The Japan Open is rarely any kind of a selection meet for anything, but that seems to rarely prevent the nationals from putting in spectacular swims.
Thursday’s beginning to the 2014 edition of that meet at the Tatsumi International Swim Center continued that trend, as Kanako Watanabe put up a spectacular 100 meter breaststroke.
The 18-year old swam a 1:05.88 in the event final, which by half-a-second improved the 1:06.3 done by Satomi Suzuki back in 2009 as the National Record.
Her’s was the winning swim of the day, but it wasn’t the only impressive mark. In fact, Suzuki also almost broke her own National Record, swimming a 1:06.48 for 2nd. Rie Kaneto was 3rd in 1:07.84, and all 10 A-finalists were faster than 1:10’s.
None of those top three, Watanabe, Suzuki, and Kaneto, were even close to as fast at last year’s Japan Open, though all three swam very well at the Japanese Championships earlier this year, so the results weren’t a big surprise. The timing is interesting, however; Japan has the Pan Pacs in late August, and then the Asian Games in late September. This timing could indicate that those Asian Games, still three months away, are the bigger target.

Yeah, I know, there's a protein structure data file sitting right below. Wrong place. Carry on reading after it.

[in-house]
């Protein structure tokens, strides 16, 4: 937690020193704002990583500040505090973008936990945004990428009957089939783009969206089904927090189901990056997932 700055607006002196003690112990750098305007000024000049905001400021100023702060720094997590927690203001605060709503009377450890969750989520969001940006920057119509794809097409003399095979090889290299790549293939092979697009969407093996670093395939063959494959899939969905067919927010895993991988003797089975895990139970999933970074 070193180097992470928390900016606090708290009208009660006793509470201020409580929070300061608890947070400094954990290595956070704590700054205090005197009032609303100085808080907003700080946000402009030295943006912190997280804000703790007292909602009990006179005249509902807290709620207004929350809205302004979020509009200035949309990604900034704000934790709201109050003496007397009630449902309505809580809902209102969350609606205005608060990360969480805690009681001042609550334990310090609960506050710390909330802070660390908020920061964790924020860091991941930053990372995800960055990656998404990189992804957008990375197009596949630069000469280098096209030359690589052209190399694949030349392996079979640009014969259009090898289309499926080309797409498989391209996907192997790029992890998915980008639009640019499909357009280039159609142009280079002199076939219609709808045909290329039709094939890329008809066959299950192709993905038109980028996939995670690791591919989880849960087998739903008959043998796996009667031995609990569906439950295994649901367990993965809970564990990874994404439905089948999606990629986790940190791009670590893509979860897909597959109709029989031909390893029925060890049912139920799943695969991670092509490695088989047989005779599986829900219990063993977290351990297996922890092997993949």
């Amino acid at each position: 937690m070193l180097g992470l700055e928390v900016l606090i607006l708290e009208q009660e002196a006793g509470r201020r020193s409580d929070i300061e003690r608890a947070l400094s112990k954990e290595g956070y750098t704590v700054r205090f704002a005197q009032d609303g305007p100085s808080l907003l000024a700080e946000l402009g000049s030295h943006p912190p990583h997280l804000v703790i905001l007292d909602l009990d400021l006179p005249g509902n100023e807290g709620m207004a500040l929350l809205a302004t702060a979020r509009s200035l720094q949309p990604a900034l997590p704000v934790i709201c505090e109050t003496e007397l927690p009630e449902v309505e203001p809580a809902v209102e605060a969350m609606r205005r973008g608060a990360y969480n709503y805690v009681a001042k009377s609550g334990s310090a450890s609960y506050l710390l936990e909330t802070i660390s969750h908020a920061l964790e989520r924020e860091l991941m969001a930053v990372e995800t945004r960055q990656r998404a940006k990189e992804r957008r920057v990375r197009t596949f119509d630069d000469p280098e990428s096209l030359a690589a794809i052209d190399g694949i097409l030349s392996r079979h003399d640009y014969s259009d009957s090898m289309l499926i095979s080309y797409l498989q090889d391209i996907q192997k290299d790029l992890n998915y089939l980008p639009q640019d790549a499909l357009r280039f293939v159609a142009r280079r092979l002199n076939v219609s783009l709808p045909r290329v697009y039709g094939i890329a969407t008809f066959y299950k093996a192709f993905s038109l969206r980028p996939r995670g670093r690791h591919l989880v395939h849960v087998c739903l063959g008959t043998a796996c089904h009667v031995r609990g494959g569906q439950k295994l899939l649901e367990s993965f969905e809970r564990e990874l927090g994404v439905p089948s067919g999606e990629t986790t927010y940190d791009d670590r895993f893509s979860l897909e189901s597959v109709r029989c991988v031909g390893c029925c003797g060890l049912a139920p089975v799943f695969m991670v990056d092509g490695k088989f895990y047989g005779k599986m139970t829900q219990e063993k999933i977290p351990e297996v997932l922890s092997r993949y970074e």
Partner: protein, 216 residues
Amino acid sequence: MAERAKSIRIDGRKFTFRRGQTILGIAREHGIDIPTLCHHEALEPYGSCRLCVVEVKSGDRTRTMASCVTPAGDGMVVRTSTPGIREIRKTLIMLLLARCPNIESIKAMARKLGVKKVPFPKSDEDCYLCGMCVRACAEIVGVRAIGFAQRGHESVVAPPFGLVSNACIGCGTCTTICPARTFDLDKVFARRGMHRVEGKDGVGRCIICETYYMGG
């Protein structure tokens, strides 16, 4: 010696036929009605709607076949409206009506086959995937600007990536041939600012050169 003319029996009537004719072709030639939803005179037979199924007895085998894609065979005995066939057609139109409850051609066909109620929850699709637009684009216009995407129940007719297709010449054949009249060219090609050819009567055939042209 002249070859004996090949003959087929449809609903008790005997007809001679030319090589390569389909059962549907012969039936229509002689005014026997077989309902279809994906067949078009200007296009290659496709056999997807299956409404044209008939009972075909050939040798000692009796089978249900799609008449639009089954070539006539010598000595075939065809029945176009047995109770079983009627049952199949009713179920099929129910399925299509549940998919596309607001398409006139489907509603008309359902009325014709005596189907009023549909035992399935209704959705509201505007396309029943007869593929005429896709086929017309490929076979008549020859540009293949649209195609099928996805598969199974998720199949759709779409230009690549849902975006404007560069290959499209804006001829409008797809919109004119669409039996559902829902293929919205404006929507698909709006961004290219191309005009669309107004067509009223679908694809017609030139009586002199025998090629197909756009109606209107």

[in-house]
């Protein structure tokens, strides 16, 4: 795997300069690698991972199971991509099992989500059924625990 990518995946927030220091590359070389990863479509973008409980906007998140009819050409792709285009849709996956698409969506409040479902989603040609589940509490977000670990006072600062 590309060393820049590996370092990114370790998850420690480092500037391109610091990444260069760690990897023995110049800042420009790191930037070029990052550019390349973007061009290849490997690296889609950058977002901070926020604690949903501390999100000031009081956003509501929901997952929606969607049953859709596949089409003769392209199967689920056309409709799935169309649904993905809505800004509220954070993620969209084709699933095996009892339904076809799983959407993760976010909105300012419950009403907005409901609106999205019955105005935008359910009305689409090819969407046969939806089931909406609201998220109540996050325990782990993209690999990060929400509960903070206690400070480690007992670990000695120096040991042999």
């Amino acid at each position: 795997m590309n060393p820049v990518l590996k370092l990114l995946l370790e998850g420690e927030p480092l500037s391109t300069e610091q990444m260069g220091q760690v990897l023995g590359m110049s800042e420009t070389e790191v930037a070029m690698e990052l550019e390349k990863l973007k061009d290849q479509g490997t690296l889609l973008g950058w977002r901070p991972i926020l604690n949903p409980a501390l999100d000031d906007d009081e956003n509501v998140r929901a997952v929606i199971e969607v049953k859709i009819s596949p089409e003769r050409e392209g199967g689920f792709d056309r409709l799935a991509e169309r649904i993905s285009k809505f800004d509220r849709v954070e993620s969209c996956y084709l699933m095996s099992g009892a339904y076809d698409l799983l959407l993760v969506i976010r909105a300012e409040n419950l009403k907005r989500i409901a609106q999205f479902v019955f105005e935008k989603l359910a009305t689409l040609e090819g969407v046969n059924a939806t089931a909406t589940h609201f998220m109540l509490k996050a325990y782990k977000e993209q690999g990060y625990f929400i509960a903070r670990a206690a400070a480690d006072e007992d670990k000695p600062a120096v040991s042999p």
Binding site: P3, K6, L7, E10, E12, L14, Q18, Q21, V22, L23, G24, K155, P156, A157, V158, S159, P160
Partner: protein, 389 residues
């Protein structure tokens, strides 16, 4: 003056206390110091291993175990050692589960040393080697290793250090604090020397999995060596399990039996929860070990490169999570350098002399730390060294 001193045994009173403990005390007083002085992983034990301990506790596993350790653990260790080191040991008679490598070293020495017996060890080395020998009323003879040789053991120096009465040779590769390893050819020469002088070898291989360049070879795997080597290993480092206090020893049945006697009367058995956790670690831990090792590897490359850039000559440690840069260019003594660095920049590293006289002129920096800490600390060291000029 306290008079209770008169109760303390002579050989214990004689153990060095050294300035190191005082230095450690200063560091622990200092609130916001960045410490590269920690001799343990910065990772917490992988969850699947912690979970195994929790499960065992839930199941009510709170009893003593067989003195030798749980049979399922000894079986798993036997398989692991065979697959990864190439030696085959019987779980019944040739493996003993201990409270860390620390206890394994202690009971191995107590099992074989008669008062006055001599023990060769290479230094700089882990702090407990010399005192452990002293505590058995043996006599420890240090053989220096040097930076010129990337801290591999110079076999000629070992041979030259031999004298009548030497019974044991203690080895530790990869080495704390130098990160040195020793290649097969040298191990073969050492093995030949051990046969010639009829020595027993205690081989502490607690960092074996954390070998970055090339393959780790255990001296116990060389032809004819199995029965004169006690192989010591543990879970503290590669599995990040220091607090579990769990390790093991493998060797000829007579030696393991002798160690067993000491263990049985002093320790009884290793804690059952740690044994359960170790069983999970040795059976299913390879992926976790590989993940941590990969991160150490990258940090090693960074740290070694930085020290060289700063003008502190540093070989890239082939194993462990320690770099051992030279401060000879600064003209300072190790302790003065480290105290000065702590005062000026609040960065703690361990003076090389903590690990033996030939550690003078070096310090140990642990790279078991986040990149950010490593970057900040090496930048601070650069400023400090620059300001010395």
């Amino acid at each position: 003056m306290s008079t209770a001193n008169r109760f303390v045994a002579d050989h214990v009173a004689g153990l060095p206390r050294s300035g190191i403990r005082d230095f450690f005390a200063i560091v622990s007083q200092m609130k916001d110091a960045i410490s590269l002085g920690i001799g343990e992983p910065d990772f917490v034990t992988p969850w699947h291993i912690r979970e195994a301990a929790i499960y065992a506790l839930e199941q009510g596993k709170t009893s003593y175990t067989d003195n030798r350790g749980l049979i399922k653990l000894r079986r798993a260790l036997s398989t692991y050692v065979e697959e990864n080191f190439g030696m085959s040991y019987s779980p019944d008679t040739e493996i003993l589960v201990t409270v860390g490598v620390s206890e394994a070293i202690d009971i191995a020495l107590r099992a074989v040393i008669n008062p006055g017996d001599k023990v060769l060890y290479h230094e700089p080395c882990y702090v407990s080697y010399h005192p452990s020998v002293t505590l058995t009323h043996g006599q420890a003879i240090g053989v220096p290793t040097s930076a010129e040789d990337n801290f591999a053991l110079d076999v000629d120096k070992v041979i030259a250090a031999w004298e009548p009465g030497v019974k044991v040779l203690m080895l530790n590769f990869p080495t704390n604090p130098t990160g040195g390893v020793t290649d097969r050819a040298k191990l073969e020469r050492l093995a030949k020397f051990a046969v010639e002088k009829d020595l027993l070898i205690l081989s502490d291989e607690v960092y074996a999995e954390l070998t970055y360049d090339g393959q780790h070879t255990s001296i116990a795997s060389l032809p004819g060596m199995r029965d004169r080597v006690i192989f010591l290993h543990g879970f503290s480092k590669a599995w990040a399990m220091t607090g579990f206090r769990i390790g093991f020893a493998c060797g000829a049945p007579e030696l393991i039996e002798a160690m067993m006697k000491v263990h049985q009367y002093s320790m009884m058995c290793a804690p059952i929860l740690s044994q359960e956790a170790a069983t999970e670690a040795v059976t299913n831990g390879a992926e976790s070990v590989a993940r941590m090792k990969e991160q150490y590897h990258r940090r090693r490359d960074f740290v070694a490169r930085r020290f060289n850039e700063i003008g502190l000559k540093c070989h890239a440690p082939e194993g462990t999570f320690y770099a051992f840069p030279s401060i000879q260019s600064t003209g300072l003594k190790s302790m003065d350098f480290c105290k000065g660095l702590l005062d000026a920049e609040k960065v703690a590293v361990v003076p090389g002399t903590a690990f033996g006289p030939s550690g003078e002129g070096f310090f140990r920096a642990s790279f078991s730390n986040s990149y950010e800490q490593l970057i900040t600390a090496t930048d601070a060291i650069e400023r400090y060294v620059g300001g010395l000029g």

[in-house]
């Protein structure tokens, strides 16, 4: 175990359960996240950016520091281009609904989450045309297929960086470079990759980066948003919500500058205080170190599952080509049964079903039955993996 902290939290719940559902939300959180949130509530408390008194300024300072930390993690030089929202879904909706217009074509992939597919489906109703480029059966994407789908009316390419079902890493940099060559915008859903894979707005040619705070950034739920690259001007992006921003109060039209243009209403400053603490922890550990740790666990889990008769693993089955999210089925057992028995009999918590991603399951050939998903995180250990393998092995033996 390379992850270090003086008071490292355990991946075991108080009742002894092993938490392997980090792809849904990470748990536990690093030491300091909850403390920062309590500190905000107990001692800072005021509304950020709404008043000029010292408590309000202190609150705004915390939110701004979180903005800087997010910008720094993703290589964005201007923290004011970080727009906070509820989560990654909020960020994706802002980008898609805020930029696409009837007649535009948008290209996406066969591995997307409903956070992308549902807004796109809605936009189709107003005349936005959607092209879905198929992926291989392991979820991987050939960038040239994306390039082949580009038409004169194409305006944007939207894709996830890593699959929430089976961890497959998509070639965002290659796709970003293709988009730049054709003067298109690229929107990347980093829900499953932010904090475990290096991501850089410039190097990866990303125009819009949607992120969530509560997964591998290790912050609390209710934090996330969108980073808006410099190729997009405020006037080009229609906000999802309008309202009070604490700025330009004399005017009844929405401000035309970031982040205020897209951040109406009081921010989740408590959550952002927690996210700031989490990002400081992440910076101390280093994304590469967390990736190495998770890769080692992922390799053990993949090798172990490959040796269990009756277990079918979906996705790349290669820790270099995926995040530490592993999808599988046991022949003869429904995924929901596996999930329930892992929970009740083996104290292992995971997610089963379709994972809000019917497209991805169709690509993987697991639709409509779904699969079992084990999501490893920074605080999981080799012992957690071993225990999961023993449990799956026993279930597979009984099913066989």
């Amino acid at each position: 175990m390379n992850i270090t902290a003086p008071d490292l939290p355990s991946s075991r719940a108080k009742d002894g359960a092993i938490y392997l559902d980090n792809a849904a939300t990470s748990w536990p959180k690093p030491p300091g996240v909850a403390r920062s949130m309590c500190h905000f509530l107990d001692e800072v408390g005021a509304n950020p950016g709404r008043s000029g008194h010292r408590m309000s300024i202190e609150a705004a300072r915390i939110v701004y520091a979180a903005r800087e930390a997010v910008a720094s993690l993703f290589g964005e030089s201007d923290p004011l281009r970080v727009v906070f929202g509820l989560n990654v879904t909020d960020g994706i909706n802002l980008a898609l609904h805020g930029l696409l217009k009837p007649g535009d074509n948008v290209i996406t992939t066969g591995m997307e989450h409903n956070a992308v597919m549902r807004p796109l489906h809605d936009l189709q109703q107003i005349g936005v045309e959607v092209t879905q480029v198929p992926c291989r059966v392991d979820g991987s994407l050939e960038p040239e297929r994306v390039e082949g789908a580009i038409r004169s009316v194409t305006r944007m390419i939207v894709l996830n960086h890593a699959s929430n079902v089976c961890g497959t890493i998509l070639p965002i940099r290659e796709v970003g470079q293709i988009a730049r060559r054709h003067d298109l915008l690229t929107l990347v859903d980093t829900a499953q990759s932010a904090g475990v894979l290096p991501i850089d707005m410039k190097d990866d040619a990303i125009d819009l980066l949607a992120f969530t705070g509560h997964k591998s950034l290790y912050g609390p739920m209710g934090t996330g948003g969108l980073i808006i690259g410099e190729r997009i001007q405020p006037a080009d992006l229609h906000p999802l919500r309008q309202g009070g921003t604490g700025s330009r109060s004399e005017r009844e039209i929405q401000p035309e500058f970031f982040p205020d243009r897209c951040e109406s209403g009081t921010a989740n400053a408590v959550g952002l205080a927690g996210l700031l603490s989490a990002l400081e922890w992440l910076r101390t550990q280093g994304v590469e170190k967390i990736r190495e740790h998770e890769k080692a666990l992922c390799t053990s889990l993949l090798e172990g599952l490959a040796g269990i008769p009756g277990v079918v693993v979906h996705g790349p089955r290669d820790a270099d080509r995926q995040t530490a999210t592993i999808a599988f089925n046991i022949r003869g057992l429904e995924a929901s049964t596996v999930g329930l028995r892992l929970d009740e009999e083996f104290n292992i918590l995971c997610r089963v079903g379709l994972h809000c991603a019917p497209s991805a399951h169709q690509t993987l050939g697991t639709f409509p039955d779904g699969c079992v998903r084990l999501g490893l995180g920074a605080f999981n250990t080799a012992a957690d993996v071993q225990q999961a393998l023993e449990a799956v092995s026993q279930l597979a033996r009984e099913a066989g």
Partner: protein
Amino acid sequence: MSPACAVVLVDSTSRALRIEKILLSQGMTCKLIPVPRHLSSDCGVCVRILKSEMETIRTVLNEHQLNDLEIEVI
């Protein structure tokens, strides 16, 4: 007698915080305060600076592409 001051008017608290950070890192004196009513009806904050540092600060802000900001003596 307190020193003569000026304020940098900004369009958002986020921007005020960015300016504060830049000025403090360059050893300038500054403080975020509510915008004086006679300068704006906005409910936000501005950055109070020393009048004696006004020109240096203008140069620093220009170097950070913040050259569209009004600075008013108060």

The 200 breaststroke record is as good-as-broken later in the meet.
The men’s 100 breaststroke final was no slouch either. Yasuhiro Koseki won that final in 59.91, with Naoya Tomita 2nd in 1:00.46. There was some concern around Koseki taking the breaststroke spot at Pan Pacs on the medley relay, but going sub-minute in June should alleviate some of those worries. Kosuke Kitajima swam roughly the same time (1:00.61) as he did at Japan’s Nationals and selection meet, but the placing was much improved.
Daiya Seto, another member of the international squads this summer, won the men’s 400 IM in 4:10.21. He beat the country’s hottest male swimmer right now Kosuke Hagino by over two seconds. This race exposed Hagino’s weakness, the breaststroke, where Seto outsplit him by more than a second.
Miki Uchida, who already has a few sprint freestyle records, is now encroaching on some sprint butterfly records as well. She won the women’s race in 26.20, which is a quarter-of-a-second away from the record.
Kouhei Kawamoto and Masayuki Kishida tied for the win in the men’s 50 fly, with matched 23.82’s.
The other two winners on the day were Chihiro Igarashi in the women’s 400 free with a 4:11.02, and Reo Sakata winning the men’s 100 free in 49.53 at just 18.